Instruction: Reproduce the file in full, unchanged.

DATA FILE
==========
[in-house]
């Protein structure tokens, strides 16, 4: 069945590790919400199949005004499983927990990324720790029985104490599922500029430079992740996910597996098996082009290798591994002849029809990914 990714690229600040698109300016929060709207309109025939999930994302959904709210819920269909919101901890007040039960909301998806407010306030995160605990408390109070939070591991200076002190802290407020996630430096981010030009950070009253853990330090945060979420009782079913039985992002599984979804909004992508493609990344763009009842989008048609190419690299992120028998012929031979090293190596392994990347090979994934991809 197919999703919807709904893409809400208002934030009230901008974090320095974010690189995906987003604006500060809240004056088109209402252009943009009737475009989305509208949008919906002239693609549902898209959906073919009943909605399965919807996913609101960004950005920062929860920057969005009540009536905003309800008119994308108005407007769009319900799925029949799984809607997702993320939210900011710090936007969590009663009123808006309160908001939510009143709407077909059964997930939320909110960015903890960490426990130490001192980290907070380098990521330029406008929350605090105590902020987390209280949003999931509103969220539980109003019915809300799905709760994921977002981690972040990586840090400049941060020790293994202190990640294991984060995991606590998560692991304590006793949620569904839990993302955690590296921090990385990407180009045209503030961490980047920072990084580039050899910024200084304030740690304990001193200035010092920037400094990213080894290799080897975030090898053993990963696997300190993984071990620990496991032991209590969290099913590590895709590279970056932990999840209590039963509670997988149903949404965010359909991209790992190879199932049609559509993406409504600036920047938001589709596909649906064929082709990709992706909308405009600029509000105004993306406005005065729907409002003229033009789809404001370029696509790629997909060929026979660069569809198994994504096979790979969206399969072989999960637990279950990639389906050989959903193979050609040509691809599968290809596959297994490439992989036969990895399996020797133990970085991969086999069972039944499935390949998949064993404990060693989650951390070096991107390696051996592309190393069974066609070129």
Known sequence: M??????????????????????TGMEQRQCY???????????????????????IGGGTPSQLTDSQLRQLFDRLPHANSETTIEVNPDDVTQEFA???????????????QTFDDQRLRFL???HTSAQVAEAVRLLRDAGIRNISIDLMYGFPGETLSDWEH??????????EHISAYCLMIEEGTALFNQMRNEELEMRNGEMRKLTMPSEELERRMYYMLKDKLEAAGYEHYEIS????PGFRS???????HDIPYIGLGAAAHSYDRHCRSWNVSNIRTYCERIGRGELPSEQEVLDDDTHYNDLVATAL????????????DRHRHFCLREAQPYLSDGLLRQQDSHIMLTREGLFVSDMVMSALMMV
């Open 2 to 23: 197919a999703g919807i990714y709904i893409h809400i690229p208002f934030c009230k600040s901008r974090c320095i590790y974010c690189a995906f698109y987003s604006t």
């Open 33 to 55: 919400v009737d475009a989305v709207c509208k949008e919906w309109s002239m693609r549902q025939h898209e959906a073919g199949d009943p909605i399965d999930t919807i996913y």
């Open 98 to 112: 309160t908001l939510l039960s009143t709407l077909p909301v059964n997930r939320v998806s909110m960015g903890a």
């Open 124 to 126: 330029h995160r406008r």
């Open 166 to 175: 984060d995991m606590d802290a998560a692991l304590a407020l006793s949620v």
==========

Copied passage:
[in-house]
């Protein structure tokens, strides 16, 4: 069945590790919400199949005004499983927990990324720790029985104490599922500029430079992740996910597996098996082009290798591994002849029809990914 990714690229600040698109300016929060709207309109025939999930994302959904709210819920269909919101901890007040039960909301998806407010306030995160605990408390109070939070591991200076002190802290407020996630430096981010030009950070009253853990330090945060979420009782079913039985992002599984979804909004992508493609990344763009009842989008048609190419690299992120028998012929031979090293190596392994990347090979994934991809 197919999703919807709904893409809400208002934030009230901008974090320095974010690189995906987003604006500060809240004056088109209402252009943009009737475009989305509208949008919906002239693609549902898209959906073919009943909605399965919807996913609101960004950005920062929860920057969005009540009536905003309800008119994308108005407007769009319900799925029949799984809607997702993320939210900011710090936007969590009663009123808006309160908001939510009143709407077909059964997930939320909110960015903890960490426990130490001192980290907070380098990521330029406008929350605090105590902020987390209280949003999931509103969220539980109003019915809300799905709760994921977002981690972040990586840090400049941060020790293994202190990640294991984060995991606590998560692991304590006793949620569904839990993302955690590296921090990385990407180009045209503030961490980047920072990084580039050899910024200084304030740690304990001193200035010092920037400094990213080894290799080897975030090898053993990963696997300190993984071990620990496991032991209590969290099913590590895709590279970056932990999840209590039963509670997988149903949404965010359909991209790992190879199932049609559509993406409504600036920047938001589709596909649906064929082709990709992706909308405009600029509000105004993306406005005065729907409002003229033009789809404001370029696509790629997909060929026979660069569809198994994504096979790979969206399969072989999960637990279950990639389906050989959903193979050609040509691809599968290809596959297994490439992989036969990895399996020797133990970085991969086999069972039944499935390949998949064993404990060693989650951390070096991107390696051996592309190393069974066609070129």
Known sequence: M??????????????????????TGMEQRQCY???????????????????????IGGGTPSQLTDSQLRQLFDRLPHANSETTIEVNPDDVTQEFA???????????????QTFDDQRLRFL???HTSAQVAEAVRLLRDAGIRNISIDLMYGFPGETLSDWEH??????????EHISAYCLMIEEGTALFNQMRNEELEMRNGEMRKLTMPSEELERRMYYMLKDKLEAAGYEHYEIS????PGFRS???????HDIPYIGLGAAAHSYDRHCRSWNVSNIRTYCERIGRGELPSEQEVLDDDTHYNDLVATAL????????????DRHRHFCLREAQPYLSDGLLRQQDSHIMLTREGLFVSDMVMSALMMV
């Open 2 to 23: 197919a999703g919807i990714y709904i893409h809400i690229p208002f934030c009230k600040s901008r974090c320095i590790y974010c690189a995906f698109y987003s604006t």
């Open 33 to 55: 919400v009737d475009a989305v709207c509208k949008e919906w309109s002239m693609r549902q025939h898209e959906a073919g199949d009943p909605i399965d999930t919807i996913y």
């Open 98 to 112: 309160t908001l939510l039960s009143t709407l077909p909301v059964n997930r939320v998806s909110m960015g903890a």
């Open 124 to 126: 330029h995160r406008r």
């Open 166 to 175: 984060d995991m606590d802290a998560a692991l304590a407020l006793s949620v």